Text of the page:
Les Rallizes Denudes - Heavier Than A Death In The Family
Beautiful and obliterating. After Fushitsusha this is definitely my favorite Japanese noise/psych-rock outfit. I particularly adore Night of the Assassins and Enter the Mirror. Essential listening for anyone with the slightest interest in good music.
Some more ultra-minimal free improvisation for you fine people, this time entirely acoustic. Stéphane Rives plays saxophone, but it sounds more like some some sort of insect flying in small circles, making a steady, high-pitched whine. That’s mostly what you get here, a barely audible whine punctuated by long gaps of silence and occasional intakes of air. It’s honestly been a bit since I last listened to this, so I think it does actually develop over the course of the hour, but I’m not totally sure. Anyway, it’s fascinating stuff. Put it on at your next dinner party and see if anyone realizes it’s not tinnitus.
Selektiv hogst is one of the best electro-acoustic improvisation albums of 2010, and if you’ve never heard of electro-acoustic improvisation, this is a great place to start!
Koboku Senjû is a quintet made up of Japanese eai superstars Toshimaru Nakamura and Tetuzi Akiyama with Scandinavian wind players Espen Reinertsen, Eivind Lønning and Martin Taxt, whose work outside of this album I’m unfamiliar with. Together, they create a rich, detailed environment, full of pops and buzzes and Akiyama’s carefully strummed guitar sentences. The whole album has a warm, summery feel to it, but things are kept from getting too sunny by Nakamura’s strategically placed lines of feedback. If you’re familiar at all with eai, you’ve either already heard this or it’s on your wantlist, but if you’ve never heard the term before, take a chance and check this out. Really, it’s worth it.
Abner Jay - The Backbone of America is a Mule and Cotton
People should already be familiar with the crazy one-man-blues-band that is Abner Jay, but, despite Mississippi Records’ best efforts, he remains sadly under-appreciated. Here are a few facts about him:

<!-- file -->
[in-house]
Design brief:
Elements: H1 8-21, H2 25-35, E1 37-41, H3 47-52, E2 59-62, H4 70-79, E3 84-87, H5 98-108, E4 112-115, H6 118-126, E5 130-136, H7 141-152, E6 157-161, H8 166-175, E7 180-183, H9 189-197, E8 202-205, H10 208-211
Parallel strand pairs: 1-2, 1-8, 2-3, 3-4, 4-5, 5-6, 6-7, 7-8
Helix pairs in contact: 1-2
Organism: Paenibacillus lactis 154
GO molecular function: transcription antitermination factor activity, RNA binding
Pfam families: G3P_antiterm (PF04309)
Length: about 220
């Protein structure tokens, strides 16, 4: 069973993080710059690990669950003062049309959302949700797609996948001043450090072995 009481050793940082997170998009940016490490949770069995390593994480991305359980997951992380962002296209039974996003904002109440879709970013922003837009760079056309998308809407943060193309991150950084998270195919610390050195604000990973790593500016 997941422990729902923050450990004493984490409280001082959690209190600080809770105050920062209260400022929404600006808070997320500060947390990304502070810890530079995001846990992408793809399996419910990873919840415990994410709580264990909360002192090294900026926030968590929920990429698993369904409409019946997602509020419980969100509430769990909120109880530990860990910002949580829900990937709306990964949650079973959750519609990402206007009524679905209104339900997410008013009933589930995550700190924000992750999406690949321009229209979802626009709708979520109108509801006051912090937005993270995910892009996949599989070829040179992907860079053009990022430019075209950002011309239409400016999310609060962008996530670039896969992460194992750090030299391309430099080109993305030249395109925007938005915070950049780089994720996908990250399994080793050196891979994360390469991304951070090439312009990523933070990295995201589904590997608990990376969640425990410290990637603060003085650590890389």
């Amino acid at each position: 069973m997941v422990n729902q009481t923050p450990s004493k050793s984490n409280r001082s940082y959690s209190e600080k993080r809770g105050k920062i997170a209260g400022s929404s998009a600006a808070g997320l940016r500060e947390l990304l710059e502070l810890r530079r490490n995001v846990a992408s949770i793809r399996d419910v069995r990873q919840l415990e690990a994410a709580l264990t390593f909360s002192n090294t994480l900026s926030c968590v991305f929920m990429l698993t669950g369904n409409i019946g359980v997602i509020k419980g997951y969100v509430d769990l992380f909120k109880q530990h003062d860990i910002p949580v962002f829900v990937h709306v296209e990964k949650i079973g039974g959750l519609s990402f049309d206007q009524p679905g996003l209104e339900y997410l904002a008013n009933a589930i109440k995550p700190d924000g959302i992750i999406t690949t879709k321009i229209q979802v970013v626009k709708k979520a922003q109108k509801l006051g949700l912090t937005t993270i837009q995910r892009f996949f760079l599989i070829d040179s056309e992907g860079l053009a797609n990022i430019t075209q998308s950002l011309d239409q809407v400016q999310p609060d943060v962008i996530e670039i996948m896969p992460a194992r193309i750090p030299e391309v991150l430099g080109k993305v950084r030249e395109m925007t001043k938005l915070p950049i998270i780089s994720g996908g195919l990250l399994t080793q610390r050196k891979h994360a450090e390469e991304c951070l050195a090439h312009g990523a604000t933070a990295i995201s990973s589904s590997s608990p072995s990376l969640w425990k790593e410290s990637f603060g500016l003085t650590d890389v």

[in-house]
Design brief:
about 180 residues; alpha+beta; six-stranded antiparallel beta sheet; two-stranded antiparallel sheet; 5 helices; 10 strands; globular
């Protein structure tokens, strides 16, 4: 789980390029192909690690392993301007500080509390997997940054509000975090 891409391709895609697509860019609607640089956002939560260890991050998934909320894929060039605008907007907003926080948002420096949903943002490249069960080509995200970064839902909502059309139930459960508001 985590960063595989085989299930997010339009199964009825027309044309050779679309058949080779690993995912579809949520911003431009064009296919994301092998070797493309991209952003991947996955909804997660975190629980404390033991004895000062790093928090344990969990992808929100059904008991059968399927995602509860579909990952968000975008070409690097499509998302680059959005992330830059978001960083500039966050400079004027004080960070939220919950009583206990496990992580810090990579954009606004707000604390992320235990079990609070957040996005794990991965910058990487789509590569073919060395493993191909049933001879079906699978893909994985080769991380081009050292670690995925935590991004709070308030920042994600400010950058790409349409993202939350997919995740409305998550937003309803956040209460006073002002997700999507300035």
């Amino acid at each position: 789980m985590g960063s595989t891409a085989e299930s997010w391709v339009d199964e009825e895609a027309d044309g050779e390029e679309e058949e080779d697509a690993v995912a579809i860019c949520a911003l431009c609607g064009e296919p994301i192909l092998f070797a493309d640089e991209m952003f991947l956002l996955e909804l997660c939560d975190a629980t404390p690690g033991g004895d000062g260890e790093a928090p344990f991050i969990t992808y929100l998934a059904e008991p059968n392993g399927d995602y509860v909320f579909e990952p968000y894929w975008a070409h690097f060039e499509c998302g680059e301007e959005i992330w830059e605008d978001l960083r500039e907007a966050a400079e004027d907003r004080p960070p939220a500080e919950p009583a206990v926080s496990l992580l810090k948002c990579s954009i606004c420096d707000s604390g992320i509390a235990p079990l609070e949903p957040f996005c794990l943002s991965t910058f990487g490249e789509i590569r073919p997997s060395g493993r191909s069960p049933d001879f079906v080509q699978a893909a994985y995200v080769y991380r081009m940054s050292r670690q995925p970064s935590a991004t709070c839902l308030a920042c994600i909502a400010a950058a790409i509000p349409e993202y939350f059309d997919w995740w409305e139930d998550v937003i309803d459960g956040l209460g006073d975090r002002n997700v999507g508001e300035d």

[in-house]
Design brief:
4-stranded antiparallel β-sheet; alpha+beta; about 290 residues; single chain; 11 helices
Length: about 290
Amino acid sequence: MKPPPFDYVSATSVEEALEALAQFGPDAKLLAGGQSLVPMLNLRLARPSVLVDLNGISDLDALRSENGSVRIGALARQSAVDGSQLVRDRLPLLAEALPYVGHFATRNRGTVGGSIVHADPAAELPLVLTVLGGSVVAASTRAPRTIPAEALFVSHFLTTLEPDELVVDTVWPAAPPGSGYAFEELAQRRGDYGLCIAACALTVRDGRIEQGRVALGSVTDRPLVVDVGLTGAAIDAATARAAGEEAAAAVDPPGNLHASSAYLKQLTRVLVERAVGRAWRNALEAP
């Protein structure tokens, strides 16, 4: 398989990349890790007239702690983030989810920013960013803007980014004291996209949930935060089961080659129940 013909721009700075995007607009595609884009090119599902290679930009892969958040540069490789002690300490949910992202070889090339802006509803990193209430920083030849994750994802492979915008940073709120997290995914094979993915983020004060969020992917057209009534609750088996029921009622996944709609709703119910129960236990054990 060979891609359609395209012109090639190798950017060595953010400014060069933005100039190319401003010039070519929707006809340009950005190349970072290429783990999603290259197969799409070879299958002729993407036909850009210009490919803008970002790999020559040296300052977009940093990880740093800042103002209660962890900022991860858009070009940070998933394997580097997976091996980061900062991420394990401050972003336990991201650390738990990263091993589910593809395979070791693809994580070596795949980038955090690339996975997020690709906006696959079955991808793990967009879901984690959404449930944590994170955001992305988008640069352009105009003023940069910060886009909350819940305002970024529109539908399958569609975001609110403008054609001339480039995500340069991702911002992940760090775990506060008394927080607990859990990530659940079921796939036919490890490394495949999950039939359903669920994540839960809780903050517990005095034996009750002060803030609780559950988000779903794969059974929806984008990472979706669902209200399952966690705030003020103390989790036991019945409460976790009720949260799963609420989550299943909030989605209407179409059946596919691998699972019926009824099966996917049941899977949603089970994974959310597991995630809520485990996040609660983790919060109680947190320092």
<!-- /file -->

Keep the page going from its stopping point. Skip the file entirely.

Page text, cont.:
In his later years he carried drank from a half-gallon fruit jar filled with water from the Swanee river, to which he attributes his deep and low voice.
Among the several instruments he played were the “bones”, literally chicken and cow bones, bleached in the sun, that were used as percussion.
Now here’s some real unpleasant listening. 31 minutes of hardcore punk being played in a blast furnace with broken instruments. Utter filth. I mostly love this for the last track, Master, which takes up more than half the running time and allows the band to stretch out and actually develop their ideas fully. Obviously, very few people would consider this a pleasant listen, but it’s pretty good for a bad mood, and in case you haven’t noticed, entertainment isn’t really the idea here.
Flower-Corsano Duo - You’ll Never Work In This Town Again
And now for something much more accessible! I’ve been sort of in love with this album as of late, mostly because it’s such a lovely album. Three tracks of kaleidoscopic free improvisation courtesy of Chris Corsano, manning the drums like an insane genius monkey, and Mick Flower, who plays “Japanese banjo,” an instrument I am almost totally unfamiliar with, but it certainly sounds interesting, flitting from one liquid note to another. Their first album was called The Radiant Mirror, which is a rather apt metaphor for the sounds contained here.
Right then. If we’re gonna be doing this I can’t imagine anything better to start with. This is as near as we’ve yet gotten to the sonic end of music, folks. 60 minutes of one tone, then another, then that first one again, then a slight increase in volume, then the end. I guess you could call it the most hardcore drone album ever. This certainly isn’t her best work, but it’s sort of necessary to hear at least once in your life. Great brain cleaner, also.